Well, I feel I was lucky because this shift in the direction of where my creative juices are flowing coincided with EE’s own re-invention process that you will soon hear about. It was initiated and facilitated by a group of our members.
In that process, EE moved beyond only being self-managing, and became truly self-organizing, robust enough to self-repair substantial perturbations.
Alanna went on writing, “I never even considered the concept of ‘firing myself’ before working in self-governed organisations. There was getting fired (something done to you, always in the passive voice), firing (done to a person by a company), and quitting (done to a company by a person). Firing yourself is something you do for yourself, and for the company, together.”
“Roles” in the language of Holacracy® are organisational functions necessary to the sustainability and well-being of the organisations. When EE was formed, I took on many roles simply because somebody had to, and there were not many people around. However, I have never been able to perform all of the accountabilities of those roles. Vacating them, I create opportunities for new people to step up to. I hope for–and do what I can for–my stepping down shortly be to be followed by a stepping up.
The response from my partners in EE was supportive and expressed in messages such as:
“It seems to me as a natural step that you follow your calling – your inner voice – feel to be encouraged from our side to let the voice become louder within you.”
“New Partners will arrive, and EE will continue its evolutionary path, with you in a new relationship to it.”
“I am so appreciative of your honoring where your passions are desiring to go!”
“This love, desire and strength that you embody in following your purpose, which is to be/play/work on the edge of the subtle to the manifest in the sense of being in the moment of creation, seems to be what it is really about.”
Somebody else wrote to me about “your decreased intimate involvement with so many important decisions where you have so much wisdom to offer.” My answer was, “That’s what is needed for the EE’s collective wisdom to ripen and trust itself, and I will always be available for advice, without needing that you guys accept it.”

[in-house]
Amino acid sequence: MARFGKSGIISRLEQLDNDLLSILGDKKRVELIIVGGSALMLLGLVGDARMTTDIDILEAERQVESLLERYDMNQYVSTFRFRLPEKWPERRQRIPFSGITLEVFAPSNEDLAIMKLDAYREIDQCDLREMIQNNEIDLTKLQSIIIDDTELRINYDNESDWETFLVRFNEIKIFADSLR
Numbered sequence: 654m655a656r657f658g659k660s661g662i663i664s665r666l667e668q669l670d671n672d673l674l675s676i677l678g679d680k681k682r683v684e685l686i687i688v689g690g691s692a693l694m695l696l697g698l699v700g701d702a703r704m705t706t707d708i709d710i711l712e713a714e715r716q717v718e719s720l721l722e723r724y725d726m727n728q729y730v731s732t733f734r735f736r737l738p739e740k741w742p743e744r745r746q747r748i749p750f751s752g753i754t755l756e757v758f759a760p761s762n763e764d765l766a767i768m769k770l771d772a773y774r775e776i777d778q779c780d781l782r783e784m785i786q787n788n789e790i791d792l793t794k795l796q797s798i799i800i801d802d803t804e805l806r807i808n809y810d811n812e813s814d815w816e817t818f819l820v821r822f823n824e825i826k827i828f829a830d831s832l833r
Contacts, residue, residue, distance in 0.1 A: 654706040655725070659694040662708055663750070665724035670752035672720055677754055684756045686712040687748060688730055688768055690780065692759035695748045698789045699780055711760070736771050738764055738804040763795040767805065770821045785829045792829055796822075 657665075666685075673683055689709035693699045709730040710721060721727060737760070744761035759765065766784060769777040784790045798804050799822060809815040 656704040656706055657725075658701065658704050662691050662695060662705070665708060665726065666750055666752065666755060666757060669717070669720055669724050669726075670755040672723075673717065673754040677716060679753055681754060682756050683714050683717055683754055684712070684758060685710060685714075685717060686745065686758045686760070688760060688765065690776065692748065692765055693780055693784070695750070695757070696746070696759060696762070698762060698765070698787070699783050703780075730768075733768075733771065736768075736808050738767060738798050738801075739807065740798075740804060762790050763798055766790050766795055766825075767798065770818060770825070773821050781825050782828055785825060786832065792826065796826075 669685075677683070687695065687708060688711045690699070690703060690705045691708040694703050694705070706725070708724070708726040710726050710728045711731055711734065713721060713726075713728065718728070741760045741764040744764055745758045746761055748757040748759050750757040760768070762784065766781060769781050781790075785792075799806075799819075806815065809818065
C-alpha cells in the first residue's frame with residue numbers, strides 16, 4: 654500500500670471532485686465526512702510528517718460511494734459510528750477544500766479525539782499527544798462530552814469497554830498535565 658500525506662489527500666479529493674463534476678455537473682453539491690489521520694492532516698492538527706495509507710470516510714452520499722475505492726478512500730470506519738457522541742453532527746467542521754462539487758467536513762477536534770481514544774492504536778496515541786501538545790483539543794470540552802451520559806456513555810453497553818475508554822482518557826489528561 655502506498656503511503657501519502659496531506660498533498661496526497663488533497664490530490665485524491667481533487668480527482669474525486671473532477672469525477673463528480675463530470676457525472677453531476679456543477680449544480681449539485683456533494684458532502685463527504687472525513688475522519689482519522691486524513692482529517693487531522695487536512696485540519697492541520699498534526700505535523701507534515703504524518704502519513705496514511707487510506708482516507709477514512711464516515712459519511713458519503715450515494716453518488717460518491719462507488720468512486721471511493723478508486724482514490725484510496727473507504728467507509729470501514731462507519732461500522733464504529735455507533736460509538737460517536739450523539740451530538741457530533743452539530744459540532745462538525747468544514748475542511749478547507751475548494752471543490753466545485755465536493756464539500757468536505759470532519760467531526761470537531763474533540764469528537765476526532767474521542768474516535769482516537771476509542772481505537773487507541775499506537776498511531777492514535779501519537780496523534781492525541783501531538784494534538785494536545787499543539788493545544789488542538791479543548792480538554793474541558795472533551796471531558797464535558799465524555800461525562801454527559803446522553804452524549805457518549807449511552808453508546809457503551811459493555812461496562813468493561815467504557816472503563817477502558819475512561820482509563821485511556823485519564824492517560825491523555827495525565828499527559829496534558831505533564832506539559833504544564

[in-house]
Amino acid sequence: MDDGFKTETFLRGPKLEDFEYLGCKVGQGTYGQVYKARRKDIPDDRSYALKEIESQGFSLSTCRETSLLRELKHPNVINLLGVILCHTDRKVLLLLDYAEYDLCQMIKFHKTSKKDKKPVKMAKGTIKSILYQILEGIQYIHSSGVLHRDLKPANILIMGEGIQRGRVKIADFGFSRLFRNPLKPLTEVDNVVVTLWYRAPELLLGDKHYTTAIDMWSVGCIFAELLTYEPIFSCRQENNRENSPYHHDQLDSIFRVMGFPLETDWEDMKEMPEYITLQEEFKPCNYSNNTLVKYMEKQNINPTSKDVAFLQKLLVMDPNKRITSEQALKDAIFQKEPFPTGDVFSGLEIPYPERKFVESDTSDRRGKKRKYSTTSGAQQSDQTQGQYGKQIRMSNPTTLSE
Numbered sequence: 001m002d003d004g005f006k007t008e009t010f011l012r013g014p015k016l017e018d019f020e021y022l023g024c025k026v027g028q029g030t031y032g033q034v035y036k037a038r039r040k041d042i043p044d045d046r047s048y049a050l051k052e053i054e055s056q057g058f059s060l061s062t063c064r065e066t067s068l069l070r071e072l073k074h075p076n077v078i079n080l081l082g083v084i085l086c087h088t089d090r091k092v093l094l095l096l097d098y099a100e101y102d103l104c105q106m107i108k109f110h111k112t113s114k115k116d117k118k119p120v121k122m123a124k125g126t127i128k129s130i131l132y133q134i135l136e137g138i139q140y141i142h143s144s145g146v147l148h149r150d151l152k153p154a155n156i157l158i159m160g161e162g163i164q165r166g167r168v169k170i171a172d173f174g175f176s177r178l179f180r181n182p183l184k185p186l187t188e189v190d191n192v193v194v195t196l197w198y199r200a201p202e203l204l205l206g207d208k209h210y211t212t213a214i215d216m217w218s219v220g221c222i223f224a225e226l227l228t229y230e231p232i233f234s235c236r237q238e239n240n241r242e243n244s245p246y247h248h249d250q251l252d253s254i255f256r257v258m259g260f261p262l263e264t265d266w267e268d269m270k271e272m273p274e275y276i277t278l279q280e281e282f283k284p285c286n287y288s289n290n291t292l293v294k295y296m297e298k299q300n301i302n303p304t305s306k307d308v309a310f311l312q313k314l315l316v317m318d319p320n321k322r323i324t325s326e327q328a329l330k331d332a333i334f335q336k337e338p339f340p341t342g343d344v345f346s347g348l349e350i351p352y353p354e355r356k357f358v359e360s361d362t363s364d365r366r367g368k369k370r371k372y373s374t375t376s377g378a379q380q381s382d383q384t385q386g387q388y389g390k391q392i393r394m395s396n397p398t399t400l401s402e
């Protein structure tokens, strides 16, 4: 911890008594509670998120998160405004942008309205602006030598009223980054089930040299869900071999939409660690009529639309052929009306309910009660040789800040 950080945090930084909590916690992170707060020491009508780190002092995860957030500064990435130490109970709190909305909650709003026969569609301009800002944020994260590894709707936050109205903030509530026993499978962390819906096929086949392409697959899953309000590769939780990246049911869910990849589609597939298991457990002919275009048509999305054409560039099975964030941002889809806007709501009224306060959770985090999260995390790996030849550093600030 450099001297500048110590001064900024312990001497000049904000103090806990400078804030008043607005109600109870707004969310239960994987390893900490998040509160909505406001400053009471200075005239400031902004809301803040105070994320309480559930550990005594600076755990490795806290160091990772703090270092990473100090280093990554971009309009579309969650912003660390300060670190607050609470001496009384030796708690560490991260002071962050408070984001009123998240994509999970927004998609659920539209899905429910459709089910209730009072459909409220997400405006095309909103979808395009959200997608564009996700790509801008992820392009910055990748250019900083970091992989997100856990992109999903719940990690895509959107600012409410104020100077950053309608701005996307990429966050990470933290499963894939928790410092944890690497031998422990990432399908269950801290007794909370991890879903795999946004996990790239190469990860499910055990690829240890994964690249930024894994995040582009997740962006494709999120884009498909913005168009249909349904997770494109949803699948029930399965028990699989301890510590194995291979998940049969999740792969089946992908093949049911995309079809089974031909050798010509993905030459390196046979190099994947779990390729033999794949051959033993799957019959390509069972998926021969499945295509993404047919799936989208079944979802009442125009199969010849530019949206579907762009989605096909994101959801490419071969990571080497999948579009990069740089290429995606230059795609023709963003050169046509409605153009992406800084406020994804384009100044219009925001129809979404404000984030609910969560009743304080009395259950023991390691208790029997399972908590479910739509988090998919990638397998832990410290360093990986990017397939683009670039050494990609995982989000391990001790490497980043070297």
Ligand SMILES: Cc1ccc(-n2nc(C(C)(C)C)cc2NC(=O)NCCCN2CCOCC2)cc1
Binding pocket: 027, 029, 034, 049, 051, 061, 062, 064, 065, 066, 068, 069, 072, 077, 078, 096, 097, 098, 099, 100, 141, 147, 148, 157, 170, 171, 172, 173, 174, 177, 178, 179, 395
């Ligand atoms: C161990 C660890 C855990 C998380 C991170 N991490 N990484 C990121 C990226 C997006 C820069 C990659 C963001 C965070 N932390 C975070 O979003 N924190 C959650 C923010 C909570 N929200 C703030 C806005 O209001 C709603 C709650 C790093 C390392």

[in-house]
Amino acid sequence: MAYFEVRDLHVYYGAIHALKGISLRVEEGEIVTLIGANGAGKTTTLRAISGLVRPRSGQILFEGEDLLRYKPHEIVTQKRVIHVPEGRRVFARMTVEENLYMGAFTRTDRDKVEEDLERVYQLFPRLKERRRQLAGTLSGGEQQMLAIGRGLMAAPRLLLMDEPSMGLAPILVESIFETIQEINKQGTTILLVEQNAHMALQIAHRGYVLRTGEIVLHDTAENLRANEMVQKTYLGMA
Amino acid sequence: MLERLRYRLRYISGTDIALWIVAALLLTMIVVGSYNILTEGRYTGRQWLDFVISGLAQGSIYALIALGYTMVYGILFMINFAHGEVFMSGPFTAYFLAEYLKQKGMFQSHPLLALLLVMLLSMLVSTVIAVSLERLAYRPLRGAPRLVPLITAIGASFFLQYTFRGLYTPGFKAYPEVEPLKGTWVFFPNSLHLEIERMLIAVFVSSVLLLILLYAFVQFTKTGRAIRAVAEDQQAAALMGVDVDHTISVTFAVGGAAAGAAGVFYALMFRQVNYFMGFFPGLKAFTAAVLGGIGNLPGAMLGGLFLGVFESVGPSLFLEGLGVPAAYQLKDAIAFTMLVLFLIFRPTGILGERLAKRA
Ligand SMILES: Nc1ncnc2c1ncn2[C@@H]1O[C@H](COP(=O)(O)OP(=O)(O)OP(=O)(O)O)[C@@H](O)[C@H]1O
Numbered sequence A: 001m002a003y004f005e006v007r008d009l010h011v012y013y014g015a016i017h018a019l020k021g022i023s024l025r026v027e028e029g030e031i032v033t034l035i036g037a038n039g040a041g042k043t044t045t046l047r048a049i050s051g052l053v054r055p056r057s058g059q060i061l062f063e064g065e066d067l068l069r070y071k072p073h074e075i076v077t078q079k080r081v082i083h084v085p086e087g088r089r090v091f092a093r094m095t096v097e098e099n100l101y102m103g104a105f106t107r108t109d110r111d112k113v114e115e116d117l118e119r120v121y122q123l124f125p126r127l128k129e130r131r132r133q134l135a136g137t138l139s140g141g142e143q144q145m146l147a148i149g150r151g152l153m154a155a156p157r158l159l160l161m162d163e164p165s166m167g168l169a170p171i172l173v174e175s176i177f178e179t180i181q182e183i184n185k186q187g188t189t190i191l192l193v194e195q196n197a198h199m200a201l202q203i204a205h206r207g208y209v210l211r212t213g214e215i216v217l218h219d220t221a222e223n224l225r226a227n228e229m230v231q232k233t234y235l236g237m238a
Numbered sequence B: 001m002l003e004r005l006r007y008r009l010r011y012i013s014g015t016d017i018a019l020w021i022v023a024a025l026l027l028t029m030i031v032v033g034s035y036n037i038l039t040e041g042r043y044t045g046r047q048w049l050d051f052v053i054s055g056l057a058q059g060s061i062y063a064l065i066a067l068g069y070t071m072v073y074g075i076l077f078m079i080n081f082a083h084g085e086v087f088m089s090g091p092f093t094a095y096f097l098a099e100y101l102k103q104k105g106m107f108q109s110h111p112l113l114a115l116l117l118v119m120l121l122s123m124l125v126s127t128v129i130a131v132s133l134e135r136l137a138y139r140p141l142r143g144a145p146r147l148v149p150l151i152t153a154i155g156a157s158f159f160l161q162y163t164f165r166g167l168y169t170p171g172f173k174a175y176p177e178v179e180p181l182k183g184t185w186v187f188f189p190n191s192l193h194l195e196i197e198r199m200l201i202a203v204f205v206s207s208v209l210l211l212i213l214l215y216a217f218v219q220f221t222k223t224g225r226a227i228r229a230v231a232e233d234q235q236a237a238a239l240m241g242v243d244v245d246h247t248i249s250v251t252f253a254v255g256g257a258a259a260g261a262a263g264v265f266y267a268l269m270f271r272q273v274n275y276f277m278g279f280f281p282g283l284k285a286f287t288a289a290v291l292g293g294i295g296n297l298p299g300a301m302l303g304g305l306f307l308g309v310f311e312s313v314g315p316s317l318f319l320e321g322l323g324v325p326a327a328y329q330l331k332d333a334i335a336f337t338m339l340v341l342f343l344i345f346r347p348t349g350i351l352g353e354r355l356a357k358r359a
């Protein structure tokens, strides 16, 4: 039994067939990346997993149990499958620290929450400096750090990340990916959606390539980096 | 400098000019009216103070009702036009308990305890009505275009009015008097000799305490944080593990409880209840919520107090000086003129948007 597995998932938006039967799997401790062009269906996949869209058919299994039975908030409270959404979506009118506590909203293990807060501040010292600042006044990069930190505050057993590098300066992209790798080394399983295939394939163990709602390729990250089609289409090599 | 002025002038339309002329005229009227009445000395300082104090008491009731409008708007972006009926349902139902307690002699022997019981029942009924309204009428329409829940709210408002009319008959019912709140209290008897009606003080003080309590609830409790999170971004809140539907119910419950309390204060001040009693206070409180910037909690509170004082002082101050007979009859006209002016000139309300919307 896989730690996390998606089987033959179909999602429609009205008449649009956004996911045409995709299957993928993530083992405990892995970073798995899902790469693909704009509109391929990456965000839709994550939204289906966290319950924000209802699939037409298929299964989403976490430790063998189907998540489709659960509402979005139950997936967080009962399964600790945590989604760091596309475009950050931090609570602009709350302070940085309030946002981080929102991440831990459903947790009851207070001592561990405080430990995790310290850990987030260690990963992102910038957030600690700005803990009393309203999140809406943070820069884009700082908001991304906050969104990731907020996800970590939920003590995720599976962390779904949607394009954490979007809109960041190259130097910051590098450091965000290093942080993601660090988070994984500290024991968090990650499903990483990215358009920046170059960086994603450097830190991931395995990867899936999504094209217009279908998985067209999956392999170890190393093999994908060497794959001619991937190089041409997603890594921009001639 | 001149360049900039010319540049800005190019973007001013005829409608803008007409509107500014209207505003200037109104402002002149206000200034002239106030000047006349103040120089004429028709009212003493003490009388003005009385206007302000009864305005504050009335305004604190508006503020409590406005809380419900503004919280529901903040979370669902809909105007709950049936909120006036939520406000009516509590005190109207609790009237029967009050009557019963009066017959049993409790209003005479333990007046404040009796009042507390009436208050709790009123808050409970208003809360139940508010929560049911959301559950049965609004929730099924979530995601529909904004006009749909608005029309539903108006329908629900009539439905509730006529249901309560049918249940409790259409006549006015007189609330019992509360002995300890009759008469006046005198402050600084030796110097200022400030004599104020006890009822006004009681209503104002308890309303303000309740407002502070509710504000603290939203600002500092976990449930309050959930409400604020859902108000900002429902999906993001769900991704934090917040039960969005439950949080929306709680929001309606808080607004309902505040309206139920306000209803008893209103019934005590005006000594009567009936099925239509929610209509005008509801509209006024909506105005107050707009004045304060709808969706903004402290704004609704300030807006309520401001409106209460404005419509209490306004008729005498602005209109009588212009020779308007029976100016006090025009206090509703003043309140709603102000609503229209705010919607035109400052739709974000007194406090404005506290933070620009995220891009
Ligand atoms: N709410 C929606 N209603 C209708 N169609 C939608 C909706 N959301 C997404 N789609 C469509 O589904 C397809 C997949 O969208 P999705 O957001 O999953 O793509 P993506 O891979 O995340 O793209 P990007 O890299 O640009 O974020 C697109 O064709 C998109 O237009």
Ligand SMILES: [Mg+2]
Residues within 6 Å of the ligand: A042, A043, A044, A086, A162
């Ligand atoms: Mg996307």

Stepping down and stepping up
Feeling supported by our team, I’ve just removed myself from the 12 roles that I’ve been energizing in EE, except one, the Movement Building role. That support expressed itself, for example, by two of our Partners stepping into three of my old roles. Of course, I care a lot about the continuing success and evolution of Enlivening Edge, so I don’t just drop everything and leave, with no concern for the consequences for the operations of our organization.
I’m fully committed to support those stepping up to the opportunity to join a vibrant, international network of enliveners, particularly in the transition time. As our website says, “Where does your joy and talent match our need? Enlivening Edge is a living system with a life of its own. Imagine stepping into a role that vitalizes the system and energizes you. We invite you to a circle of like-purposed friends who revel in co-creation, re-invention, and serving our evolutionary purpose.”
Enlivening Edge is not only an online magazine, a news hub, and a rapidly expanding global community; it is also social space in which people, working together for reinventing organizations and social systems, are growing and evolving. I’m definitely not the same person who started the EE project 30 months ago, and I’m tremendously grateful for all I learned from and with my wonderful team mates.
I will keep writing my regular column, contributing to the editorials, and possibly, participate in some of EE’s research, advisory, and educational services, on a per-project basis.
Wherever my life will take me next, I will remain in the team, in the broader sense, with all of you, current and future EE Partners, readers and contributors, working for enlivening the edge of the evolution of organizations and social systems.
George Pór is an evolutionary thinker and a strategic learning partner to visionary leaders in business, government, and civil society. He is the originator of Enlivening Edge, and has been publishing the Blog of Collective Intelligence since 2003. A select list of his articles and book chapters on the fields of collective intelligence, organizational and social renewal can be found here. More about George’s work on the enlivening edge of planetary transformation is here.